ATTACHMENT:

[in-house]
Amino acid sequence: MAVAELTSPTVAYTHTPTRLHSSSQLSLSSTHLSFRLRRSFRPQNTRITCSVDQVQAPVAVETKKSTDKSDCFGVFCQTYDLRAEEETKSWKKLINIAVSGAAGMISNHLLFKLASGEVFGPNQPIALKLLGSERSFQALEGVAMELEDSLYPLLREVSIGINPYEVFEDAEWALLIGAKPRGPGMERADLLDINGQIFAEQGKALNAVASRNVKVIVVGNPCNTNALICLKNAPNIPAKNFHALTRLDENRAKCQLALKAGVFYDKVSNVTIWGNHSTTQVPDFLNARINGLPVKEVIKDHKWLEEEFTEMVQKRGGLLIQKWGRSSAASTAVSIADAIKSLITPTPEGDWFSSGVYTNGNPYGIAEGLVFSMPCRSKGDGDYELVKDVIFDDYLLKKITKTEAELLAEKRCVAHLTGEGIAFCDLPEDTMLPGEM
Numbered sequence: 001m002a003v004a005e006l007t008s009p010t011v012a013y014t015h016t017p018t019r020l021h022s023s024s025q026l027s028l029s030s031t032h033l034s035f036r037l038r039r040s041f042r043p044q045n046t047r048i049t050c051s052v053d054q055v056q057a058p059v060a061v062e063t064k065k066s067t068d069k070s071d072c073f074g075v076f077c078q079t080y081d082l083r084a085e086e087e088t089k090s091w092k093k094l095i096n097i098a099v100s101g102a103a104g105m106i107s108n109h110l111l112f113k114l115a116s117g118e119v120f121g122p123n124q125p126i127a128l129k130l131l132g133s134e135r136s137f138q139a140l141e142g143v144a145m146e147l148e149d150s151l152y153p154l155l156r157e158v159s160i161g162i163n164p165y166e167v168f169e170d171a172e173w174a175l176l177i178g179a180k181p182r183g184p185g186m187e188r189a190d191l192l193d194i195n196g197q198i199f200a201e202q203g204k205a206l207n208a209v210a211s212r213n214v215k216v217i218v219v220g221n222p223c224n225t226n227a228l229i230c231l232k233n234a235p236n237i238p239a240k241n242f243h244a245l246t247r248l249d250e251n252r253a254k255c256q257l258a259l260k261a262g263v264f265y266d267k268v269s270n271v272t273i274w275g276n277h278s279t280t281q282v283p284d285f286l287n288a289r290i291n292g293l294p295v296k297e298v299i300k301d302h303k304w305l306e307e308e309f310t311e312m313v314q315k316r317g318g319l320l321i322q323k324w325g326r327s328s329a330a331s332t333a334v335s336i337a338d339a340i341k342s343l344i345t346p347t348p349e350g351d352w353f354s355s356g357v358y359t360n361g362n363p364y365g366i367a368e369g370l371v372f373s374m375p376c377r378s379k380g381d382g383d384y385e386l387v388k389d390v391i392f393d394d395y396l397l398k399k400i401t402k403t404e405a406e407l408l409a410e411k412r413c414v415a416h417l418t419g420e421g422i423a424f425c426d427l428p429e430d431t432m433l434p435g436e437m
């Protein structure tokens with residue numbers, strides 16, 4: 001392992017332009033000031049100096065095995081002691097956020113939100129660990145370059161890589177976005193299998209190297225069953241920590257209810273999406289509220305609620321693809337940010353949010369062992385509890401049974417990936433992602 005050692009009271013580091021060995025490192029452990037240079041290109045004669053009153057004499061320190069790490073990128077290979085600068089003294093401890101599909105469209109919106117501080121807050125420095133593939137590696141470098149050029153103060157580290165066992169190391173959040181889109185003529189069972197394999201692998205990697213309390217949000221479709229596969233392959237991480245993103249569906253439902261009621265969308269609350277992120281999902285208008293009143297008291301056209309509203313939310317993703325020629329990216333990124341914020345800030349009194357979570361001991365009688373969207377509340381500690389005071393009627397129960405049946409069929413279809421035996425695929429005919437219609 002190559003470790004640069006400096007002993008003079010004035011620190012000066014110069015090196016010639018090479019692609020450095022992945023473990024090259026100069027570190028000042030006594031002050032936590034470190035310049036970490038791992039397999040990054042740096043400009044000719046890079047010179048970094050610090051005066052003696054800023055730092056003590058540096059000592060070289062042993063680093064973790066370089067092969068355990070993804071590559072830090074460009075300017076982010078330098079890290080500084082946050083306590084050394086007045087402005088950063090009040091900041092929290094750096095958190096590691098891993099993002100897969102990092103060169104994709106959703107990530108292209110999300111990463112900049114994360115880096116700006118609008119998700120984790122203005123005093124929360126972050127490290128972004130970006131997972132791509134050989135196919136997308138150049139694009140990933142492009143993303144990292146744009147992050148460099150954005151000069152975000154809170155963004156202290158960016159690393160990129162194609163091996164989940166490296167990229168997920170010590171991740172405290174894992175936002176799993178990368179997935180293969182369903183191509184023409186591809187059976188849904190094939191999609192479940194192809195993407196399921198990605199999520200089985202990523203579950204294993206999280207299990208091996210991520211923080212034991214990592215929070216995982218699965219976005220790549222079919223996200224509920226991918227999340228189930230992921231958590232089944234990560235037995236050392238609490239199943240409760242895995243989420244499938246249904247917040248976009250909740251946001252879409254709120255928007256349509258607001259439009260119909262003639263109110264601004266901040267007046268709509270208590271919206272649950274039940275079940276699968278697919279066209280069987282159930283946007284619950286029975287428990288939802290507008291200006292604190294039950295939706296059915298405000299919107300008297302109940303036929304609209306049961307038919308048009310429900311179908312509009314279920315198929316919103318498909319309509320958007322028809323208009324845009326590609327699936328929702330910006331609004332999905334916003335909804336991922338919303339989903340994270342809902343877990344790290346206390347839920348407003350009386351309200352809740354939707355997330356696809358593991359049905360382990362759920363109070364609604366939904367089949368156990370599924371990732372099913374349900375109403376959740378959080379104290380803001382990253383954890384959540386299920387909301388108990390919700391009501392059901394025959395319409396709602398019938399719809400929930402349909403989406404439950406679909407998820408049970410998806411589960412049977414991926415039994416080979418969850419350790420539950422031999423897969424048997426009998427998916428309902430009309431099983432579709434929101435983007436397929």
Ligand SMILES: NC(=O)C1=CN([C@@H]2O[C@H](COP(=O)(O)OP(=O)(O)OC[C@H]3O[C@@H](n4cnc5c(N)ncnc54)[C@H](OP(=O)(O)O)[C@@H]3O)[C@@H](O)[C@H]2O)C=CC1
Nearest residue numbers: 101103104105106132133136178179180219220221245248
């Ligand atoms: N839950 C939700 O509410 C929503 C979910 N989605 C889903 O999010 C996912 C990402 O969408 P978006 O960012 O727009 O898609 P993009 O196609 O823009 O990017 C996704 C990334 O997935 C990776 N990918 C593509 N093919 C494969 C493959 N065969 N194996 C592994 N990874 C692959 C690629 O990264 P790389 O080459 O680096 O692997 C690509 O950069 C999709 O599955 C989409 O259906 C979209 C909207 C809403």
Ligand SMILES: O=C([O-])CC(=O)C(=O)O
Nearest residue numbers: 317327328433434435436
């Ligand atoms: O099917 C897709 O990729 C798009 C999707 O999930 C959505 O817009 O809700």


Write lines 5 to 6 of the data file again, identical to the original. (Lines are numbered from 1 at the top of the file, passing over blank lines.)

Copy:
Ligand SMILES: NC(=O)C1=CN([C@@H]2O[C@H](COP(=O)(O)OP(=O)(O)OC[C@H]3O[C@@H](n4cnc5c(N)ncnc54)[C@H](OP(=O)(O)O)[C@@H]3O)[C@@H](O)[C@H]2O)C=CC1
Nearest residue numbers: 101103104105106132133136178179180219220221245248